Egypt is vital strategically to U.S. interests and security in the Middle East.  Yet the United States stands by, powerless, as mayhem reigns there and instability simmers dangerously elsewhere.  What has happened to our influence in the world?  A clue can be found in President Barack Obama's own words, his recent response to Russia's grant of asylum to NSA-leaker Edward Snowden:

I have not called [Russian President Vladimir Putin] personally and the reason is...number one, I shouldn't have to.

This is a disturbing window on the mind of our president.  What responsible CEO facing a crisis would make this kind of statement?  What dedicated leader would avoid taking all necessary steps to try to secure a crucially important victory?

Real leaders embrace their role.  They are willing to confront a crisis head-on ("damn the torpedoes") and do whatever it takes to prevail.  A true leader is engaged, directing the action from within the fray, not from above it.  Leaders exhibit courage, grit, guts -- call it what you like -- and they dismiss pretense.  While they leverage the power of their office, taking pains to preserve and enhance that power, leaders also make whatever personal contribution they must to secure the win.

Instead, we have a president whose attitude in a crisis seems to be one of pettiness, detachment and petulance.

But surely Barack Obama has never been anything more than a figurehead.  He was elected on pure charisma, not on the strength of his accomplishments or qualifications.  On the day he secured the Democratic nomination for president, he called it "the moment when the rise of the oceans began to slow and our planet began to heal."  Obama telegraphed his naïveté and his hubris well in advance of his election.

Those of us who work for a living have all worked for boneheads at one time or another -- prople who are high on their position, who see their superior role as one of giving orders, who refuse to get their hands dirty because actually doing the work is beneath their dignity.  Frequently "leaders" such as these also lack sufficient knowledge for the job.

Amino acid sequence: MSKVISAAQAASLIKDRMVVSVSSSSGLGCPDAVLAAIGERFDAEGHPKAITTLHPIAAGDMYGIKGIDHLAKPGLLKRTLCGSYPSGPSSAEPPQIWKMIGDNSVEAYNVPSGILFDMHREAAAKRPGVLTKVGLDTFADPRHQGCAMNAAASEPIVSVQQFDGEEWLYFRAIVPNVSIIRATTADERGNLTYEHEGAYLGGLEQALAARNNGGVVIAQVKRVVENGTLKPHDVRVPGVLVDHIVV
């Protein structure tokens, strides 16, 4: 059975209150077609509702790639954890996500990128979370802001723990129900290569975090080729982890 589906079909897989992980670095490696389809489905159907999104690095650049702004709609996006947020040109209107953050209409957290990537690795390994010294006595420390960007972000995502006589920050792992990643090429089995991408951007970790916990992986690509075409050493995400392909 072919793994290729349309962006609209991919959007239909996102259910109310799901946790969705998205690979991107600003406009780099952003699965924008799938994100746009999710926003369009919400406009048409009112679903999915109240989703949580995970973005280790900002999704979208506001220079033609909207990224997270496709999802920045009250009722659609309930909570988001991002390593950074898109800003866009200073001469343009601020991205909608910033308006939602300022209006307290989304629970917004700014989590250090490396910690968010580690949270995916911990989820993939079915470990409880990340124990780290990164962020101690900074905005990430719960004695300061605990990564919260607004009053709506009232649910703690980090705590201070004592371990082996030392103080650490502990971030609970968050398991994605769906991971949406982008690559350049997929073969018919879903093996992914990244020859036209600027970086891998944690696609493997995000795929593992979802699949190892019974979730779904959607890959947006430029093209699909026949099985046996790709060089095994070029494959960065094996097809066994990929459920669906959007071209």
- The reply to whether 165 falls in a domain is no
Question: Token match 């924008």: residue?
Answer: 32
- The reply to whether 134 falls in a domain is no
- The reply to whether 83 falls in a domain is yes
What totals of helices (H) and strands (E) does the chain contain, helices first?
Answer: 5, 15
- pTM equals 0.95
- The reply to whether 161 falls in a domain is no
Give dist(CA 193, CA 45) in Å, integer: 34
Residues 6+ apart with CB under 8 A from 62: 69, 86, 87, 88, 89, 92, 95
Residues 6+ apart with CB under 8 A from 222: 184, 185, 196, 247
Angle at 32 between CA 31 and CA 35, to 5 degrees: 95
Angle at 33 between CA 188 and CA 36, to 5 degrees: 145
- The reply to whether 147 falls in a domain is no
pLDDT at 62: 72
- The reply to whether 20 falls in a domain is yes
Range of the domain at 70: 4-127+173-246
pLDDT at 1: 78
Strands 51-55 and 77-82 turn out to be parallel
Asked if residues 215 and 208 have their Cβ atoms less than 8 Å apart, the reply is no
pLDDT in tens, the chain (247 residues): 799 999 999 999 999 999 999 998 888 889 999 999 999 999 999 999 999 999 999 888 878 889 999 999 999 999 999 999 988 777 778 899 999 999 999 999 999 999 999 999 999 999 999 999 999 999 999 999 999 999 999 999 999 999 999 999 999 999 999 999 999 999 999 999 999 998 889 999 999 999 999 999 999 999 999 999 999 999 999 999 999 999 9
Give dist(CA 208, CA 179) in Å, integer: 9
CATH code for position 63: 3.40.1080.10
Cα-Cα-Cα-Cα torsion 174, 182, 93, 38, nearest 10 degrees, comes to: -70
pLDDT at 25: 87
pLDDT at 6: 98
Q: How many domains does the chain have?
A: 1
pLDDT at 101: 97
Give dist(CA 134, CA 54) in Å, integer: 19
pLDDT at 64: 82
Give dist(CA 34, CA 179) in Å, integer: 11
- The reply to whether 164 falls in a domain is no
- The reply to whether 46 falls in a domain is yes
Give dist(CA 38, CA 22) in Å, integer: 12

This, unfortunately, is our president.  His resume and background -- to the extent that we know it -- reveal an individual who has never had serious responsibility, who has never been challenged or tested as a leader, and whose concept of leadership is deeply deficient.  Worse, he is surrounded by enablers and adored by the press, factors that serve only to reinforce his flawed qualities.

No wonder the Middle East is out of control, and no wonder sober Western leaders are privately alarmed at the decline of U.S. leadership.  The world sees that we have a lightweight president who thoroughly misunderstands the obligations of the job and who, along with inept Secretaries of State, has repeatedly mishandled critically important issues of global security.  We clearly are not reaping the benefits of a "new climate" and "a new era of engagement" that warranted awarding the 2009 Nobel Peace Prize to Obama.  Instead, we and our allies fear for the state of the world in which the U.S. president is completely out of his league.

And our enemies?  Leaders like Vladimir Putin are not beguiled by charisma.  Obama's promised "Russian reset," now a shambles, was always a fantasy, a delusion.  It is not difficult to imagine the Russian president, perhaps while out hunting bear, chuckling in amazement at the weakness of the ostensible "Leader of the Free World."  Amazement that is sadly echoed around the world.

The author is a member of the Connecticut Grassroots 4th Alliance and is a regular contributor to the Fairfield County Patriot.